European Union Targets Daylight Savings, But Some Worry About the Consequences

By James Carstensen | April 1, 2019 | 8:51 PM EDT

(Photo by Leon Neal/Getty Images)

Berlin (CNSNews.com) – The European Parliament has voted by a large majority to end daylight savings time (DST) across the European Union by 2021, a move coming not long after President Trump voiced support for abandoning the practice at home.

The motion, which passed by 410-192 votes (and met the additional requirement of support from 55 percent of member-states representing at least 65 percent of the population), will allow individual E.U. member-states to decide on the matter, although some are concerned about the potential effects should neighbors not coordinate.

The move originated after an online poll last year found overwhelming support for the idea from E.U. citizens, although the fact that 80 percent of respondents were Germans – renowned for being time-conscious – raised some eyebrows.

The proposal seeks to end an arrangement established in 1980, which sees clocks across all 28 member-states changed twice per year – moving an hour forward on the last Sunday in March, and an hour back on the last Sunday in October – to cater to changing seasonal daylight hours.

Each member-state will have to inform the E.U.’s executive Commission by next April whether it will stick permanently with summer or winter time.

While the three time zones of the E.U. will ostensibly remain intact, questions remain over the possibility of two countries in the same time zone choosing different times.

Maintaining harmonized times has been important goal for the E.U., as varying times can affect the smooth running of land and air transport networks, which are key to the European single market.

Last year, Slovakia stressed the importance of neighboring countries coordinating on the issue in order to avoid maintain well-run trade networks.

Last year, Slovakia stressed the importance of neighboring countries coordinating on the issue.

“From the point of view of the internal market, the most important thing is for countries not to decide individually (and differently) whether to keep to winter or summer time,” its Labor Ministry said at the time.

With Brexit looming, Ireland is another member facing uncertainty from the decision.

Prime Minister Leo Varadkar noted that the pending departure of the U.K., which includes Northern Ireland, could result in two different time zones on the island – which he told the Independent would put his country “in a difficult position.”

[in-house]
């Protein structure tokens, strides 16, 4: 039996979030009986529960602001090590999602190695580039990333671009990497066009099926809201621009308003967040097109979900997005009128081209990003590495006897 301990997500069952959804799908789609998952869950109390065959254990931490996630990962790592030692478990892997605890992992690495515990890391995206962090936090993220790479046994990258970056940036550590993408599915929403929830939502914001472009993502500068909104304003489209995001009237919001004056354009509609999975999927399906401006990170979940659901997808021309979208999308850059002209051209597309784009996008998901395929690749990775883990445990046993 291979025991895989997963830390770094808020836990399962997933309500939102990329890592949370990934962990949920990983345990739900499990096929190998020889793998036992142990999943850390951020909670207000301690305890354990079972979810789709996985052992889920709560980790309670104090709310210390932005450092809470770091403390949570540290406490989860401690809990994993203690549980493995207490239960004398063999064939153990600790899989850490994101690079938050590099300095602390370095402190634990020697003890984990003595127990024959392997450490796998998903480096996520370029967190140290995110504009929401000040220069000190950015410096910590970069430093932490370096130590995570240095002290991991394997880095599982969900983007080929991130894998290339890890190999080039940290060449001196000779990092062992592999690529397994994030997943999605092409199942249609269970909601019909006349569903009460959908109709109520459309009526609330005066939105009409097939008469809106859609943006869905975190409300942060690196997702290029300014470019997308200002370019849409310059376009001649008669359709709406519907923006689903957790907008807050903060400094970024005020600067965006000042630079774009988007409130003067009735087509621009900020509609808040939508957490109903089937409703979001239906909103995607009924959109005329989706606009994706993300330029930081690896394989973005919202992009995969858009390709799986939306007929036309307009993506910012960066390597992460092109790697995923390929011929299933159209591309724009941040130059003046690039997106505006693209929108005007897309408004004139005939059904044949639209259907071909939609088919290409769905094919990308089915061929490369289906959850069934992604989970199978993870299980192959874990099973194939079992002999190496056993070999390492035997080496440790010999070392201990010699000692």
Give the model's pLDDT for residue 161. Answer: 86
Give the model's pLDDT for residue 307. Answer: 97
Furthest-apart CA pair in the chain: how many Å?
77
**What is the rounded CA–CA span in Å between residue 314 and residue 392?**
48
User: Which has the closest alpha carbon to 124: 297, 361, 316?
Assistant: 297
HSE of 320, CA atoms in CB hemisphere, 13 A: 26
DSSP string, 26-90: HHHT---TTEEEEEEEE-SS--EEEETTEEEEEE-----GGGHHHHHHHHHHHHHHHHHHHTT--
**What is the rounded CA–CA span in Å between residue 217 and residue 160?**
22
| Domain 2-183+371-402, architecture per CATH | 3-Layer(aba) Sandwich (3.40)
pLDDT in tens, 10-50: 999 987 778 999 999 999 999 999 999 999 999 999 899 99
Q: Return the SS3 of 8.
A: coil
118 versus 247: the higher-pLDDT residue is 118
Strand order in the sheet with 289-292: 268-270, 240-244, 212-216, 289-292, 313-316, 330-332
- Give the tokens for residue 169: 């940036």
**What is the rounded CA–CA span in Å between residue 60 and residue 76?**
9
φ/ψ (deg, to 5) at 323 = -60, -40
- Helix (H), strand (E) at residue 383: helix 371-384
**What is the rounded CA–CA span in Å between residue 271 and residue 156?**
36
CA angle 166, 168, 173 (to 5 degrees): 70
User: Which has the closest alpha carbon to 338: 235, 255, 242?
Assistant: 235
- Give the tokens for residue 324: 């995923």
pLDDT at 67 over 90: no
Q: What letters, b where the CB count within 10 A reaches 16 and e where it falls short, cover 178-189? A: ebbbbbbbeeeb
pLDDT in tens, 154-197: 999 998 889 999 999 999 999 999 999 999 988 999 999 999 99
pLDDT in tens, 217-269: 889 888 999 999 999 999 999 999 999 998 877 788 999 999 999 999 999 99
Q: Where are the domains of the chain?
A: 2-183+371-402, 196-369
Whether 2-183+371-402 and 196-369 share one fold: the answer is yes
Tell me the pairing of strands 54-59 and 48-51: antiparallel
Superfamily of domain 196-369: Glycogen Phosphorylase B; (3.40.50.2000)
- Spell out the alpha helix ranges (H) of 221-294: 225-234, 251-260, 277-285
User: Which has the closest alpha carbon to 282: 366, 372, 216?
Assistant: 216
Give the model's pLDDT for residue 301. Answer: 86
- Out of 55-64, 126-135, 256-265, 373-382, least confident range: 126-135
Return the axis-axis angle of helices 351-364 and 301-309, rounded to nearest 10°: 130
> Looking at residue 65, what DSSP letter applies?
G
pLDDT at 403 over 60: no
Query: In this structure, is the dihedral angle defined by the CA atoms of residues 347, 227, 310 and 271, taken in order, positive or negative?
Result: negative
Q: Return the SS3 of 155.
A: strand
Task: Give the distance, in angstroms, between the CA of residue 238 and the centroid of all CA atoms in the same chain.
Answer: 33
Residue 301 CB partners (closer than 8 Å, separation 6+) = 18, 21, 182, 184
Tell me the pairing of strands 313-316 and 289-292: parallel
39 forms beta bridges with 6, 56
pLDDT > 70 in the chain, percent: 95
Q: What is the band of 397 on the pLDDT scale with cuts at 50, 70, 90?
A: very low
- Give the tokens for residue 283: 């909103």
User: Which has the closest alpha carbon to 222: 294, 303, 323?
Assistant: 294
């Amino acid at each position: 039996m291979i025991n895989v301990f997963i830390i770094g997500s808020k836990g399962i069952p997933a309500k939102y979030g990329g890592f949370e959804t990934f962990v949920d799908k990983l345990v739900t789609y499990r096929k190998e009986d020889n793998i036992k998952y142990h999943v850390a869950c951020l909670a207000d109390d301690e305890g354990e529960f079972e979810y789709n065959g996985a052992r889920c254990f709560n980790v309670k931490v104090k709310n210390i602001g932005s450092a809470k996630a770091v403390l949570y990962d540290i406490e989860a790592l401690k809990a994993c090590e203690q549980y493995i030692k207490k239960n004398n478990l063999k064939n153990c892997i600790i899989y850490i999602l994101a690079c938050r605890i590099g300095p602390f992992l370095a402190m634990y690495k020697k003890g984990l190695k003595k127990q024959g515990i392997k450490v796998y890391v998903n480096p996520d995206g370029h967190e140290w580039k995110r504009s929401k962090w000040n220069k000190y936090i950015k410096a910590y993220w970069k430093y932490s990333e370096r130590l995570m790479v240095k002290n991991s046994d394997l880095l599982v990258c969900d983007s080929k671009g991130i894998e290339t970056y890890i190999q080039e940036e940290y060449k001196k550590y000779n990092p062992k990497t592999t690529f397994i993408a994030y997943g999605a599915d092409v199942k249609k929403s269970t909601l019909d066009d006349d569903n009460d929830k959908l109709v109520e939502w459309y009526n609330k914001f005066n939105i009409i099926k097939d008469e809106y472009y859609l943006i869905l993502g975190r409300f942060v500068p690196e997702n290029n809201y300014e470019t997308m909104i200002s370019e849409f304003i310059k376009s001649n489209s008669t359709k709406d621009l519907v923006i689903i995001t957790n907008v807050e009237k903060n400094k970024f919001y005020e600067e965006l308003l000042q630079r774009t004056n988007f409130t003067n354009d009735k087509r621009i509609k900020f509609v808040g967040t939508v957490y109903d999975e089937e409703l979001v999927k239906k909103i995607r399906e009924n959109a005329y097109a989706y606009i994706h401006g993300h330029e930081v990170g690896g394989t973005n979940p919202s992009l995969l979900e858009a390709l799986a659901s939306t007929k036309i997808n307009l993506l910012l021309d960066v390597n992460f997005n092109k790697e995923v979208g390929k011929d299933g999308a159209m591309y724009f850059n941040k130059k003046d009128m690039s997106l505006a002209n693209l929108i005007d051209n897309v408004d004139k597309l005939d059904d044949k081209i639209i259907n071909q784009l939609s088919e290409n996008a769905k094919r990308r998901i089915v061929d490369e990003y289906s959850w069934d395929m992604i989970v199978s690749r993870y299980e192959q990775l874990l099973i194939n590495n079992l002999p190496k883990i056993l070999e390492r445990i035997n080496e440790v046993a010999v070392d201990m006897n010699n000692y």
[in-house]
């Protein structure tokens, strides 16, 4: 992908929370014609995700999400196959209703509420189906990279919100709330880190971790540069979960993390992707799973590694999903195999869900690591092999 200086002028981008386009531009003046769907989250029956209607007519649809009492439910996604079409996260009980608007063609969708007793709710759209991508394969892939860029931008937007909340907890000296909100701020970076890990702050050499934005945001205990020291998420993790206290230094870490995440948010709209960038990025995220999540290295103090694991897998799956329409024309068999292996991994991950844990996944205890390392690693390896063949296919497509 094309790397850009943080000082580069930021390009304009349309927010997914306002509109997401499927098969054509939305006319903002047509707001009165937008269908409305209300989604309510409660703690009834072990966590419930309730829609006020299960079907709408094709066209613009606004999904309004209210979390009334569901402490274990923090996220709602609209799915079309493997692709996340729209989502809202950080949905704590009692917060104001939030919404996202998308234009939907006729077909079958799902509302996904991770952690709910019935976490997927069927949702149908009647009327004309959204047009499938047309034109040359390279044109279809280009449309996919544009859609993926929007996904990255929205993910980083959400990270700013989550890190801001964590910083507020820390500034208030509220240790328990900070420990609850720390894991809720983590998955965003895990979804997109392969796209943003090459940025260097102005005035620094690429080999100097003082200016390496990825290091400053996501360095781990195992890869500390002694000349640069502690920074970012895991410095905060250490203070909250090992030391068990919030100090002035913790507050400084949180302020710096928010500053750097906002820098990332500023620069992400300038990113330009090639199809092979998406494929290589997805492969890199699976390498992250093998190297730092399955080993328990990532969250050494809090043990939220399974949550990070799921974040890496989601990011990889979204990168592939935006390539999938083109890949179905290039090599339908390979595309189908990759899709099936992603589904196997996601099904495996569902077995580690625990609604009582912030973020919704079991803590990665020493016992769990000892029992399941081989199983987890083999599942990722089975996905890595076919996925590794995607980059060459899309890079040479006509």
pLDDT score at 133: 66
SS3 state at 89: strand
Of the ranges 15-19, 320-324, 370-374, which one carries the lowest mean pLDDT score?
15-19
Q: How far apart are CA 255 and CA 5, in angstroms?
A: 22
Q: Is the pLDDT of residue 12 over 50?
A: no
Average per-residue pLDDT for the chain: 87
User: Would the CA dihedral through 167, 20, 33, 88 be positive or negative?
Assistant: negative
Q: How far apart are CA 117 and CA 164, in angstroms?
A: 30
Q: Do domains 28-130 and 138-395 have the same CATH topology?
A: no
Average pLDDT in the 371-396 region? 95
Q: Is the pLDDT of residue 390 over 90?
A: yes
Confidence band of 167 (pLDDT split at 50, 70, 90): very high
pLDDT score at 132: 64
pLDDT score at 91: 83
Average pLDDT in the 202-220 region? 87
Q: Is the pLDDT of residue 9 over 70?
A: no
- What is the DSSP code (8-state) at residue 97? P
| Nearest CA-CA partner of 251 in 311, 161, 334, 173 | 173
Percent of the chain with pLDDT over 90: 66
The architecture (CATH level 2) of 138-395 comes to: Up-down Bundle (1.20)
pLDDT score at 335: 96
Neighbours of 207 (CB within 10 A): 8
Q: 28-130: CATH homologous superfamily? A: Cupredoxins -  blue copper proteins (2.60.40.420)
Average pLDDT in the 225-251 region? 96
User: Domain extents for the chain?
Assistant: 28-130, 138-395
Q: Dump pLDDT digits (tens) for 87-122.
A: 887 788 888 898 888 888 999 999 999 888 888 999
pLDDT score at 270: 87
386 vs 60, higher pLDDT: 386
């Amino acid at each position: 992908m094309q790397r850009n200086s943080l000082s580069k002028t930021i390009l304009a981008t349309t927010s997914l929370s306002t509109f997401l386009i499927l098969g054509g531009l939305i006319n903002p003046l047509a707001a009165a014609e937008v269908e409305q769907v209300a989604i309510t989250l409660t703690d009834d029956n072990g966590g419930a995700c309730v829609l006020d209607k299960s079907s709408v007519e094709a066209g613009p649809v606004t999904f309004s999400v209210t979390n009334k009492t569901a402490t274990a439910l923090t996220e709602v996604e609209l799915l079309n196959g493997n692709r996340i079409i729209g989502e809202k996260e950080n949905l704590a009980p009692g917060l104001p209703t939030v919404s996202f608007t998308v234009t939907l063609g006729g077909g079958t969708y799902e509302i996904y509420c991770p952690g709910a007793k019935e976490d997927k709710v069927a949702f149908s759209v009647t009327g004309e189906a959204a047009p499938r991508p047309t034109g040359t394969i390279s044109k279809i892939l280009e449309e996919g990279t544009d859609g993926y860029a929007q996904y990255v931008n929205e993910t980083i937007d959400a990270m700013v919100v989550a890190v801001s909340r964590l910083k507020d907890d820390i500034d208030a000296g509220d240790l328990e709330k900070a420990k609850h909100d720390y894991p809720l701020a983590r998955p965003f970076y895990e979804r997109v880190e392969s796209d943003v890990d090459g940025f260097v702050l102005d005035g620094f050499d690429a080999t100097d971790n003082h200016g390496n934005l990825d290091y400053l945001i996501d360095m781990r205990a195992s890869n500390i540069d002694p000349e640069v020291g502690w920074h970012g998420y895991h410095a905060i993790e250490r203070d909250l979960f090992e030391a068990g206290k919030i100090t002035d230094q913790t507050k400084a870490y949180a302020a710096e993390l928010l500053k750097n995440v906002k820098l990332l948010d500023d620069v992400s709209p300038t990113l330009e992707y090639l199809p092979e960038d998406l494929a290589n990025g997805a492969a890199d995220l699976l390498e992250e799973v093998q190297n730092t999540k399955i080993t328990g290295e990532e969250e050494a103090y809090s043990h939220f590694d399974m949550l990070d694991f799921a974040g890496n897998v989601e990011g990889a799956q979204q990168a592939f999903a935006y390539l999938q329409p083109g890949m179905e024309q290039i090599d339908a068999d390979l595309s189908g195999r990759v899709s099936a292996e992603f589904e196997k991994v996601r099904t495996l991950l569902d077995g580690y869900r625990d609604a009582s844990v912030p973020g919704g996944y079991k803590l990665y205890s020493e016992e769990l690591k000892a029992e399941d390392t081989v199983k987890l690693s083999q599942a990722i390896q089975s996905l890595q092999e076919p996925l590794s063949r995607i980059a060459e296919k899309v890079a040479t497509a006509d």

For now, the E.U. has only said it will aim to “closely coordinate” the matter. The uncertainties, in part, led to the proposal’s initial goal of 2019 to be moved back to 2021.

The idea of DST first arose during World Wars I and II, when both Germany and allied nations sought ways to reduce energy use, particularly to save on coal needed to fuel the war effort. It was later readopted in Europe as a result of the 1970s oil crisis, again as a way to conserve energy.

Since then, however, arguments emerged questioning the benefits of changing the clocks. A European Parliament report in March suggested time changes were linked to cardiovascular diseases due to the interruption to biological cycles.

During the debate, Swedish MEP Marita Ulvskog said Europe was no longer dependent on “saving” daylight.

“New technology and different ways of living mean that we no longer earn anything,” she said. “We don’t save.”

In the U.S., states and territories including Arizona, Hawaii, and Puerto Rico have already opted out of DST, and Trump last month tweeted his support for the idea: “Making Daylight Saving Time permanent is O.K. with me!”

Russia, Turkey and Iceland are among other countries to have already abolished the practice.

Despite the E.U. parliament vote succeeding, not all agree on the idea.

Portuguese MEP Cláudia Monteiro de Aguiar said that a poll should not be considered a sufficient review of DST, especially given the fact most respondents were from one country, Germany, where the topic had been the center of popular debate at the time.

“This is completely unbalanced and we cannot accept this low representation of 500 million Europeans,” she said.

Although Portugal had unsuccessfully tried to abolish DST in the past, of the 34,000 Portuguese respondents in the poll, 79 percent voted to abolish it.

While the E.U. poll had no official standing, E.U. head Jean-Claude Juncker quickly responded to it, promising to end the practice. Over the last few years, member states including Finland, Lithuania, Sweden, and Poland had called for DST to be abolished.

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